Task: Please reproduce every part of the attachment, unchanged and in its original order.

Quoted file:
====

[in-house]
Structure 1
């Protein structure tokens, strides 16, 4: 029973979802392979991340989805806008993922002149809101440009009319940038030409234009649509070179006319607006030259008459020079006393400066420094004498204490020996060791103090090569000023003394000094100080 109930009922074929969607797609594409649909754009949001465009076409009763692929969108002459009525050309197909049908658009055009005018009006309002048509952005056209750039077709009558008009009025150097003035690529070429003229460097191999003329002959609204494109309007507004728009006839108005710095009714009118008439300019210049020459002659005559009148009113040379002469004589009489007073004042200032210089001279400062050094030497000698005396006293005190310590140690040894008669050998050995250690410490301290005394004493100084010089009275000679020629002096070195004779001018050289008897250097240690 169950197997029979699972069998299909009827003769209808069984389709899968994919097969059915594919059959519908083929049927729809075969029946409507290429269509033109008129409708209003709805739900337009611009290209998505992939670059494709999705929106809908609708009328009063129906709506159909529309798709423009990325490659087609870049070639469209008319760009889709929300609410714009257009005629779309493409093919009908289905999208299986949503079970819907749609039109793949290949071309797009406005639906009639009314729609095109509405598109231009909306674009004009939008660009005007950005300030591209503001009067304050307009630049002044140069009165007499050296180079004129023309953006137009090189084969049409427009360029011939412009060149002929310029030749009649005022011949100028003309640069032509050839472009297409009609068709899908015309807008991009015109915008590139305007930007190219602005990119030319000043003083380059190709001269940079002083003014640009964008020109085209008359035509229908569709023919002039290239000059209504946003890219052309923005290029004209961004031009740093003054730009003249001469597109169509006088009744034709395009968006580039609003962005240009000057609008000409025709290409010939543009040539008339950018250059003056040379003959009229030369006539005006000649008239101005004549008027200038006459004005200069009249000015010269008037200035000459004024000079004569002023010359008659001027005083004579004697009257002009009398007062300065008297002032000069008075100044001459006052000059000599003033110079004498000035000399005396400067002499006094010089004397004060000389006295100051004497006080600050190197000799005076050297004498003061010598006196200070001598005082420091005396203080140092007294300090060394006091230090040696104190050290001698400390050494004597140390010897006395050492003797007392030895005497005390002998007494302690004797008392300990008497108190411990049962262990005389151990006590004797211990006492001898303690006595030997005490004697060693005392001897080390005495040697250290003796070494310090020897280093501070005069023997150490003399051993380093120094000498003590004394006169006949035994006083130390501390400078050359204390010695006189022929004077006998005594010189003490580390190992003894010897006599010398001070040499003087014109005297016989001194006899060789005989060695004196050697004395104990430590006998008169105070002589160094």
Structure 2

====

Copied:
[in-house]
Structure 1
């Protein structure tokens, strides 16, 4: 029973979802392979991340989805806008993922002149809101440009009319940038030409234009649509070179006319607006030259008459020079006393400066420094004498204490020996060791103090090569000023003394000094100080 109930009922074929969607797609594409649909754009949001465009076409009763692929969108002459009525050309197909049908658009055009005018009006309002048509952005056209750039077709009558008009009025150097003035690529070429003229460097191999003329002959609204494109309007507004728009006839108005710095009714009118008439300019210049020459002659005559009148009113040379002469004589009489007073004042200032210089001279400062050094030497000698005396006293005190310590140690040894008669050998050995250690410490301290005394004493100084010089009275000679020629002096070195004779001018050289008897250097240690 169950197997029979699972069998299909009827003769209808069984389709899968994919097969059915594919059959519908083929049927729809075969029946409507290429269509033109008129409708209003709805739900337009611009290209998505992939670059494709999705929106809908609708009328009063129906709506159909529309798709423009990325490659087609870049070639469209008319760009889709929300609410714009257009005629779309493409093919009908289905999208299986949503079970819907749609039109793949290949071309797009406005639906009639009314729609095109509405598109231009909306674009004009939008660009005007950005300030591209503001009067304050307009630049002044140069009165007499050296180079004129023309953006137009090189084969049409427009360029011939412009060149002929310029030749009649005022011949100028003309640069032509050839472009297409009609068709899908015309807008991009015109915008590139305007930007190219602005990119030319000043003083380059190709001269940079002083003014640009964008020109085209008359035509229908569709023919002039290239000059209504946003890219052309923005290029004209961004031009740093003054730009003249001469597109169509006088009744034709395009968006580039609003962005240009000057609008000409025709290409010939543009040539008339950018250059003056040379003959009229030369006539005006000649008239101005004549008027200038006459004005200069009249000015010269008037200035000459004024000079004569002023010359008659001027005083004579004697009257002009009398007062300065008297002032000069008075100044001459006052000059000599003033110079004498000035000399005396400067002499006094010089004397004060000389006295100051004497006080600050190197000799005076050297004498003061010598006196200070001598005082420091005396203080140092007294300090060394006091230090040696104190050290001698400390050494004597140390010897006395050492003797007392030895005497005390002998007494302690004797008392300990008497108190411990049962262990005389151990006590004797211990006492001898303690006595030997005490004697060693005392001897080390005495040697250290003796070494310090020897280093501070005069023997150490003399051993380093120094000498003590004394006169006949035994006083130390501390400078050359204390010695006189022929004077006998005594010189003490580390190992003894010897006599010398001070040499003087014109005297016989001194006899060789005989060695004196050697004395104990430590006998008169105070002589160094």
Structure 2